Health service to contribute €420m as State looks to cut pay and pensions bill

Fri, Jan 18, 2013, 00:00

The health service will have to contribute €420 million towards the Government’s target of reducing its pay and pensions bill by €1 billion over the next three years, trade unions have been told.

At talks on a proposed extension to the Croke Park agreement yesterday, unions were also told savings of €350 million will have to be generated in the education sector pay bill between now and 2015.

About €120 million will have to be saved on the pay bill in the Civil Service, non-commercial State bodies and the Prison Service, which were considered together as one group. Separately, savings of at least €90 million are to be sought on the local authorities pay bill.

A further €60 million will have to come from the Garda pay bill and €35 million from the pay bill for the Defence Forces. Unions said public service management gave no details on how it proposed to achieve the savings.

Flexibility

At the opening of the talks on Monday, management gave a broad indication that it wanted to cut pay for some grades, cut overtime and premium rates, increase working hours and introduce greater flexibility in redeploying staff, including extending the distance personnel can be asked to move.

A spokeswoman for the Department of Public Expenditure and Reform said last night no specific targets had been set for sectoral savings as of yet.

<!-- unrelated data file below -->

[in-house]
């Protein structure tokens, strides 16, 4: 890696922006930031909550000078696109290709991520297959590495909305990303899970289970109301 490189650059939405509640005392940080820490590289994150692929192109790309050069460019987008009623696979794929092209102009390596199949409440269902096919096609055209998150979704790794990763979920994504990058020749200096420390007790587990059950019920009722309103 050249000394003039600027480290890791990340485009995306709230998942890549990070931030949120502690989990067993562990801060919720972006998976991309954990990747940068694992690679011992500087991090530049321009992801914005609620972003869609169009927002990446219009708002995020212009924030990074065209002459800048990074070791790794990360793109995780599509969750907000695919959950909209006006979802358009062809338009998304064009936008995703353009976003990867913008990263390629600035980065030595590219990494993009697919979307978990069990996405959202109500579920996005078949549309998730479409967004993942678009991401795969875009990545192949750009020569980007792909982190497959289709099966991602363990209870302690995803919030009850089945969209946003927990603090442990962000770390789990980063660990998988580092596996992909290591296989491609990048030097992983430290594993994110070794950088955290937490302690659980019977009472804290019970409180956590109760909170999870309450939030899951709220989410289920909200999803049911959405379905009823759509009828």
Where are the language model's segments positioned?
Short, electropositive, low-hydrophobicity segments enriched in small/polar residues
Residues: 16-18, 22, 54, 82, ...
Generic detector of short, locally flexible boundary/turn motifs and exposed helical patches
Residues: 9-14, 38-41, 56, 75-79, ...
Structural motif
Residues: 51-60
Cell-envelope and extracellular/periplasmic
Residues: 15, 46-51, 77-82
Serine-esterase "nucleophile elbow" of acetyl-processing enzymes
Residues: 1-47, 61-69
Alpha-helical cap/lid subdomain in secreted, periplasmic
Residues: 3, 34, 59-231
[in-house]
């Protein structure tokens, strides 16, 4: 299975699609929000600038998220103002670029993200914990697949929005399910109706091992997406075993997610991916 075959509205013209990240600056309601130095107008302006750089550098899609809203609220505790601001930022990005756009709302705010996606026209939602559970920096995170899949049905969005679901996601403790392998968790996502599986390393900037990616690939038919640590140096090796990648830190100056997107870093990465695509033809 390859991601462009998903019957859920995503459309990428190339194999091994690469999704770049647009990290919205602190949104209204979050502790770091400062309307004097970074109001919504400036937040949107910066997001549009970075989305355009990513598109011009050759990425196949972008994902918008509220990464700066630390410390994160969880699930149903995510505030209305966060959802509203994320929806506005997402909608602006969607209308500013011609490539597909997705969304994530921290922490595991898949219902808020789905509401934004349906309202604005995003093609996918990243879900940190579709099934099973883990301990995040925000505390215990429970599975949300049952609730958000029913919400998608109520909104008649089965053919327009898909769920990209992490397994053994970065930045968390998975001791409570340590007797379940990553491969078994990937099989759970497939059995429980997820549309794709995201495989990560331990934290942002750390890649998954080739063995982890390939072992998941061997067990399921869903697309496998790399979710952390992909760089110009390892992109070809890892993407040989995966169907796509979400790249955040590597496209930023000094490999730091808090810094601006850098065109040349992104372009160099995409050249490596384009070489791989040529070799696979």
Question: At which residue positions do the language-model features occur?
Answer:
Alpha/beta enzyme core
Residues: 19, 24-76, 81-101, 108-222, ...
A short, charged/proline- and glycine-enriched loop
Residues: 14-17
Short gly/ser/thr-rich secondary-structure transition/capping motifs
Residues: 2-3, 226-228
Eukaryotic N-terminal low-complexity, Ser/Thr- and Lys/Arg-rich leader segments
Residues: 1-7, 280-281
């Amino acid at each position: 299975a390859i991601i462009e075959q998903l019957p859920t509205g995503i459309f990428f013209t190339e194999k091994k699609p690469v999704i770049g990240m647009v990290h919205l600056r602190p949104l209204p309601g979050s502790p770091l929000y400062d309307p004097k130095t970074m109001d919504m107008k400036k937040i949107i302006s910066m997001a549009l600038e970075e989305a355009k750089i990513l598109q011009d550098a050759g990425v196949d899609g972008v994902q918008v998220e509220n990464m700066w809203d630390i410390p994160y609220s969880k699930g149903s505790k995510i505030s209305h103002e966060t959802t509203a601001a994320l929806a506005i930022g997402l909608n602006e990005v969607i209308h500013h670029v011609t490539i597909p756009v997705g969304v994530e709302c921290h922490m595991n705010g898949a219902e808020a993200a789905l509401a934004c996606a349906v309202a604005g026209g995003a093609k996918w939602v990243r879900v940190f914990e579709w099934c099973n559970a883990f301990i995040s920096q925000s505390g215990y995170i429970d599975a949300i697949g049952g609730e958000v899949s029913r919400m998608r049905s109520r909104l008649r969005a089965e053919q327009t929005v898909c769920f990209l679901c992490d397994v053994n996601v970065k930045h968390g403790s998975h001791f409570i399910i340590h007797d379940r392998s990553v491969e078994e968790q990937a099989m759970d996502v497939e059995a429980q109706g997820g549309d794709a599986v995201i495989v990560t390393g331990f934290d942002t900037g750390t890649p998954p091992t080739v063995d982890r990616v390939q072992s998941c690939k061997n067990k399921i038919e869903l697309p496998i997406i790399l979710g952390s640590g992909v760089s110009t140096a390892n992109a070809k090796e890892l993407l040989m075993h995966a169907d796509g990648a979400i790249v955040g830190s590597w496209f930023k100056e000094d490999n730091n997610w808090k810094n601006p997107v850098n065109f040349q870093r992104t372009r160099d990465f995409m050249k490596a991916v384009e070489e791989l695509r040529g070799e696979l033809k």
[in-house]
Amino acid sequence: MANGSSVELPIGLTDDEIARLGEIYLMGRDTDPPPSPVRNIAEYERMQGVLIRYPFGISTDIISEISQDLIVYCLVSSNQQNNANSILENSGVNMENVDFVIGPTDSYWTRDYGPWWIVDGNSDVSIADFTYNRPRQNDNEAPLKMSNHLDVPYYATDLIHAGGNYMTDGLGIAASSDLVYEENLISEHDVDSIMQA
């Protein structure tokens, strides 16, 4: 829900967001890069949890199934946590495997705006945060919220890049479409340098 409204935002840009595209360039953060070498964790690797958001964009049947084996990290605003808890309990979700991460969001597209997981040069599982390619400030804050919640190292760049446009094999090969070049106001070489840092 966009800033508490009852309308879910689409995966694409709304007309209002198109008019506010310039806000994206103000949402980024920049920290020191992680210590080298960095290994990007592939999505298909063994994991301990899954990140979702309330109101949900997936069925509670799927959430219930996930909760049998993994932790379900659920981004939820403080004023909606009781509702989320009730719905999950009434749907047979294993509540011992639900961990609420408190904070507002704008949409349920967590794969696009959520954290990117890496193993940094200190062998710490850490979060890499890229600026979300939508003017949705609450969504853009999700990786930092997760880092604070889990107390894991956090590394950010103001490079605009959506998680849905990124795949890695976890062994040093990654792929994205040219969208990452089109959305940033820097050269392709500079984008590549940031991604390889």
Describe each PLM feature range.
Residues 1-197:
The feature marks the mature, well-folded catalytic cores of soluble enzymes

She said the presentations given to unions were “indicative of the proportion of expenditure in various sectors and were designed to give all participating in talks an appreciation of the scale of savings required”.

The presentation drawn up by the Department of Health, which has been seen by The Irish Times, said: “Our proportion of the total public service pay bill for 2013 is over 40 per cent. Therefore to contribute the proportion of savings to the €1 billion target, we need to find total savings of at least €420 million.”

Total savings

The local authority document said: “Local government proportion of the total public service pay bill is nearly 9 per cent . Therefore, to contribute the proportion of savings to the €1 billion target, we need to find total savings of at least €90 million.”

Unions said there would also be a net cut of 2,400 posts in the health service this year. The health document said that in addition to basic pay, the HSE paid €257 million in overtime and €242 million in weekend/bank holiday premiums last year.

Yesterday management provided details on the existing level of spending in areas such as direct labour costs, pensions, overtime and agency spending.

After the talks Siptu health division organiser Paul Bell said: “What the Department of Public Expenditure and Reform and the Department of Health are seeking is extremely challenging. We have decided to review the exact figures that have been presented.

“We presented a number of preliminary questions for the department to respond to, and the HSE, and we would hope to have those early next week.”

These concerned cost effectiveness, efficiencies and the expenditure, especially on agency workers and contract services.